Did the Vikings really hand out oath rings, as depicted on the hit tv show, Vikings? It was previously believed that oath rings were connected to the Icelandic sagas and were used for paying fealty in court (National Museum of Denmark).
Sleipnir was the eight-legged horse born of Loki, and belonged to Odin. Loki gave birth to Sleipnir after turning himself into a female horse when his father demanded he sabotage the work of a craftsman from being able to complete the fortification of Asgard in one season.
In the early days of Valhalla, a craftsman came to visit. He offered to create a citadel around Asgard which could keep out the giants who may attack from any direction. The man claimed he could complete the fortification of Asgard in three seasons, and for payment demanded that the goddess Freyja be his bride and that he receives the sun and the moon also. The gods however thought his choice of payment was steep and negotiated that he would be paid in full, if he completed the wall in just one season and that he receives no help from any man. The man accepted this with the condition that his stallion, Svadilfari, could help. The gods were unsure, but Loki convinced them that even with the help of his horse, the man would not be able to uphold his end of the bargain, so Freyja, and the sun and moon were not at risk at all.
And so the man set to work on the first day of winter, yet it was his huge stallion that did all the work, effortlessly hauling huge boulders. The progress of the citadel progressed swiftly, and it was so tall and strong that no enemy would be able to take Asgard. Three days before the winter was over the gods sat down for counsel and discussed how they could avoid giving the man payment. Whilst discussing this the gods began to question who had agreed to the man’s terms in the first place. The consensus was that Loki was to blame. The evil Loki was demanded to obstruct the craftsman from completing the last part of the citadel so that they would not need to pay him. Loki would face violence and death if not, so he swore oath that he would stop the man and his horse from completing the citadel.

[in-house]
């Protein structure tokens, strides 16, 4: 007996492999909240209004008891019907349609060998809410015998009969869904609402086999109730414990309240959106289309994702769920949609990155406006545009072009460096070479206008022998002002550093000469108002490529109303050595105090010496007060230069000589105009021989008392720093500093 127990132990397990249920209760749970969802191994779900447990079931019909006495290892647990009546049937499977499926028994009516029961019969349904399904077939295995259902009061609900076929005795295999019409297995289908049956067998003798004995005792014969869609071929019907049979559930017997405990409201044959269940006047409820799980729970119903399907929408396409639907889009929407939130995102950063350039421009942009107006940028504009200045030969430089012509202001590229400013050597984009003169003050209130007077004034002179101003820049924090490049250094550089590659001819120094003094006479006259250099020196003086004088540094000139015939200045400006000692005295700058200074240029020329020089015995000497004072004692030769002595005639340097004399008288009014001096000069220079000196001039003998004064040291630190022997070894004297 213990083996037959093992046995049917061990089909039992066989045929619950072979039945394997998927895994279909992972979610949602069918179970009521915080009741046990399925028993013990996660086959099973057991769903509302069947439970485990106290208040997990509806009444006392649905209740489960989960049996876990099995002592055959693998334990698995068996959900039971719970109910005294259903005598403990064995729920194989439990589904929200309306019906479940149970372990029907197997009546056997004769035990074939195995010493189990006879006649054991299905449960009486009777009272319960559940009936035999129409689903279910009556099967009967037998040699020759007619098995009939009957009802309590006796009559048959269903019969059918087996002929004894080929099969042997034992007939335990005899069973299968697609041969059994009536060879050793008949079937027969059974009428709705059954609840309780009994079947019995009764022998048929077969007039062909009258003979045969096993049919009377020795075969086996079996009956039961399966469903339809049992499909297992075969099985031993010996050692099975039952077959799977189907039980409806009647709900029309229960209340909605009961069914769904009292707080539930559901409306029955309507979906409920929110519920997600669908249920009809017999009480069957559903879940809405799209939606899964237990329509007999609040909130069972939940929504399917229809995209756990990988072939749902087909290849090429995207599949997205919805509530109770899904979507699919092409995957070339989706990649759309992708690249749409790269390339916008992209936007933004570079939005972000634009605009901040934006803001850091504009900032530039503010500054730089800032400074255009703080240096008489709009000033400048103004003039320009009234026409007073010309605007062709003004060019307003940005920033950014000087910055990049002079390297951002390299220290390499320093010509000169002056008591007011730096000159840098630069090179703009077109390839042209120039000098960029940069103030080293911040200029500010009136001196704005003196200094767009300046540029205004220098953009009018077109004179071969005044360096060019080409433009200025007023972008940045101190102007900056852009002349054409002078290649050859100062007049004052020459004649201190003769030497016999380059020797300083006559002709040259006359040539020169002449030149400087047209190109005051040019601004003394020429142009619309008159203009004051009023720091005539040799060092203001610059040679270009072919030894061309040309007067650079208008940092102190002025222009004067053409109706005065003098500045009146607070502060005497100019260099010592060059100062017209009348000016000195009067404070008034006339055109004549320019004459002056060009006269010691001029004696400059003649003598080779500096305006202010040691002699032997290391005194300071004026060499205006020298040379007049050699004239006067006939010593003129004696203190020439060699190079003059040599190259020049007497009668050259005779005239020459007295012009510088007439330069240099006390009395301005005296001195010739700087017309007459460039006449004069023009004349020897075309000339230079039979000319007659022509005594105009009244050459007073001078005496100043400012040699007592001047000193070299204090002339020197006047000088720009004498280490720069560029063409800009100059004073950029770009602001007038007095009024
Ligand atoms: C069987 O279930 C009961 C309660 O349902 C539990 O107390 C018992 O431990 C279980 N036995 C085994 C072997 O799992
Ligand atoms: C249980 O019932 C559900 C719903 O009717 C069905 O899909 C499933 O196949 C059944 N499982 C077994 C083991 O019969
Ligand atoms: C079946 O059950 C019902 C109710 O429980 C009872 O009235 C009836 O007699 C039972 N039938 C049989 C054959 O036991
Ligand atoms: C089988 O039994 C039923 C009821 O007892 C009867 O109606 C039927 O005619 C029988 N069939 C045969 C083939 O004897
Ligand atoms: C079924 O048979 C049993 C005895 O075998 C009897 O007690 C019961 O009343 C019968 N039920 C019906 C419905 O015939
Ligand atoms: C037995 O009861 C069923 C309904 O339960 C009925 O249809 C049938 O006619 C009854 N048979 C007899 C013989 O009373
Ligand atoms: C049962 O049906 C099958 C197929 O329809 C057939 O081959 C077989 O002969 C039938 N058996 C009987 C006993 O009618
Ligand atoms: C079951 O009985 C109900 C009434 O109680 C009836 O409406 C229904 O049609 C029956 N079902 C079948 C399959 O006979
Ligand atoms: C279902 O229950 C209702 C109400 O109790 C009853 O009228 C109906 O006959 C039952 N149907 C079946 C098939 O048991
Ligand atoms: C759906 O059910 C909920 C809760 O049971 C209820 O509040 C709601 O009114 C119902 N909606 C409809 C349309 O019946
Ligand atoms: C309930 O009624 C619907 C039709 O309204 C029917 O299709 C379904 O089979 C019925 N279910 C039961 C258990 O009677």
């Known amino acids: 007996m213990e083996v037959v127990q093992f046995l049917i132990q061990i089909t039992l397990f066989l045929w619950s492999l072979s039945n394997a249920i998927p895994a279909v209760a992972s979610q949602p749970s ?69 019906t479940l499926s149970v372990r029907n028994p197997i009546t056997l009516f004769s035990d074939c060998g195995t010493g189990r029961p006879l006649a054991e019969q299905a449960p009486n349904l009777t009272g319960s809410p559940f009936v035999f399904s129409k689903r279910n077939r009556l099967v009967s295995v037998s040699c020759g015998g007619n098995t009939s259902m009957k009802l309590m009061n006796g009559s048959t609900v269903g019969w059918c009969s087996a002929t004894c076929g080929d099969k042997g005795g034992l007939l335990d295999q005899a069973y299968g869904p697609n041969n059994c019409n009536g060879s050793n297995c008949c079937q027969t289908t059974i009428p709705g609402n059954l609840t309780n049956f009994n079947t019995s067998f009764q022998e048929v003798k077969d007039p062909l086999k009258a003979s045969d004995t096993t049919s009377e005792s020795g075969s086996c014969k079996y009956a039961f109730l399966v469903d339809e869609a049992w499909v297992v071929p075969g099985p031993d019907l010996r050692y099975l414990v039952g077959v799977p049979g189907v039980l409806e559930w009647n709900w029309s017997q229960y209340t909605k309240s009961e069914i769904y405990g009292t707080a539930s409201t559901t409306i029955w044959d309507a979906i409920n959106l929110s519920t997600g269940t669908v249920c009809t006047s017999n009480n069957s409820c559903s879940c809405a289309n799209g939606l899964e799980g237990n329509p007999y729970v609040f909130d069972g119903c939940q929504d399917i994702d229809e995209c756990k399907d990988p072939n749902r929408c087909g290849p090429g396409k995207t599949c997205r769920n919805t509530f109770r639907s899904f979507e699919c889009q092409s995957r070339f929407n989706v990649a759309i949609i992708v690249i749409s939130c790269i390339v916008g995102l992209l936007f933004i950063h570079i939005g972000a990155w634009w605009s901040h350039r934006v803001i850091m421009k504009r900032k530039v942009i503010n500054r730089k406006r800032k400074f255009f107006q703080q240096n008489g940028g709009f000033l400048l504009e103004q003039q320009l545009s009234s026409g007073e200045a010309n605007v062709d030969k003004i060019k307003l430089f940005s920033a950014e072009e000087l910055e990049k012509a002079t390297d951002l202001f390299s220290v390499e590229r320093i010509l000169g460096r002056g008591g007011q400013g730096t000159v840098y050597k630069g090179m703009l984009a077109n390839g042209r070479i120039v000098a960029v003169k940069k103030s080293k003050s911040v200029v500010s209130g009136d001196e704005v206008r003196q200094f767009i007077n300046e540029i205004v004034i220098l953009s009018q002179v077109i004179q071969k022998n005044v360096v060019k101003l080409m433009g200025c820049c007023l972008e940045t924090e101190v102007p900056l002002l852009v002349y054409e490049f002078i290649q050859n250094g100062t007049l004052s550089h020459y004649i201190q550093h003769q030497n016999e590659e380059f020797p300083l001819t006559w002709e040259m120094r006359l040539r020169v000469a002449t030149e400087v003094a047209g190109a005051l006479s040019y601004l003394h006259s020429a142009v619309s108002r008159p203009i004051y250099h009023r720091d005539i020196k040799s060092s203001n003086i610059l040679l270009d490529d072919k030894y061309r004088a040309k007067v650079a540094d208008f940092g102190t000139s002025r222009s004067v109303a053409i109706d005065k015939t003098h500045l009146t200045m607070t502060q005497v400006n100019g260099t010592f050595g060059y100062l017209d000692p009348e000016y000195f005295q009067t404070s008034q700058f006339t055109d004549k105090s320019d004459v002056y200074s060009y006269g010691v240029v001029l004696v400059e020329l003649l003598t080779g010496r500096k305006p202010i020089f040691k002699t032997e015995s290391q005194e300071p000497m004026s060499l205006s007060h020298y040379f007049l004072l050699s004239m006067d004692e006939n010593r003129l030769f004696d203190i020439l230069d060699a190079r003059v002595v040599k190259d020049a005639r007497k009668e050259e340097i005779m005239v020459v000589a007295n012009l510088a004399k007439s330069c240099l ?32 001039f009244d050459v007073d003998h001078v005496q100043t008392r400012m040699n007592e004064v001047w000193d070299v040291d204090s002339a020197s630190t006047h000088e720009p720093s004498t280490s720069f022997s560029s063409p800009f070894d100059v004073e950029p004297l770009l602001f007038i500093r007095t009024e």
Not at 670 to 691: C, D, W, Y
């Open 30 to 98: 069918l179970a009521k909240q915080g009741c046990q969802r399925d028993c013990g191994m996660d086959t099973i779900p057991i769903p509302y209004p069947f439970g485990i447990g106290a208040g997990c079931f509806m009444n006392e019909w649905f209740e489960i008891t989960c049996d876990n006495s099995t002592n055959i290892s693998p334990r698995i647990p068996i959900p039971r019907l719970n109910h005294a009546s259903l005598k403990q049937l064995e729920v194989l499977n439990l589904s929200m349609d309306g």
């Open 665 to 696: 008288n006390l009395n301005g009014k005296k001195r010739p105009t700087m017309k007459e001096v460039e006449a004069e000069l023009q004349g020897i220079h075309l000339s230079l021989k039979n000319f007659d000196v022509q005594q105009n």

We first saw the massive Hiddensee hoard pendants in 2013 at the Vikings exhibition in the National Museum of Denmark in Copenhagen, and nothing can prepare you for seeing just how big these pieces of gold jewellery really are! Of course, we were already familiar with the hoard, and the style of pendant is well known from the Viking era, but these individual pieces are just so big, that they were instantly added to the list of designs we wanted to make.
The grand reopening of the Jorvik Viking Centre in York, took place this year, on April 8th and Asgard are proud to have played a small part in the re-imagining of this world class display of Viking archaeology. We reproduced several Viking bone, antler, and metal objects from the Jorvik collection. Some will go on sale in the shop, and others will be used by staff to demonstrate the Viking way of life including an intricate, thousand year old, working padlock.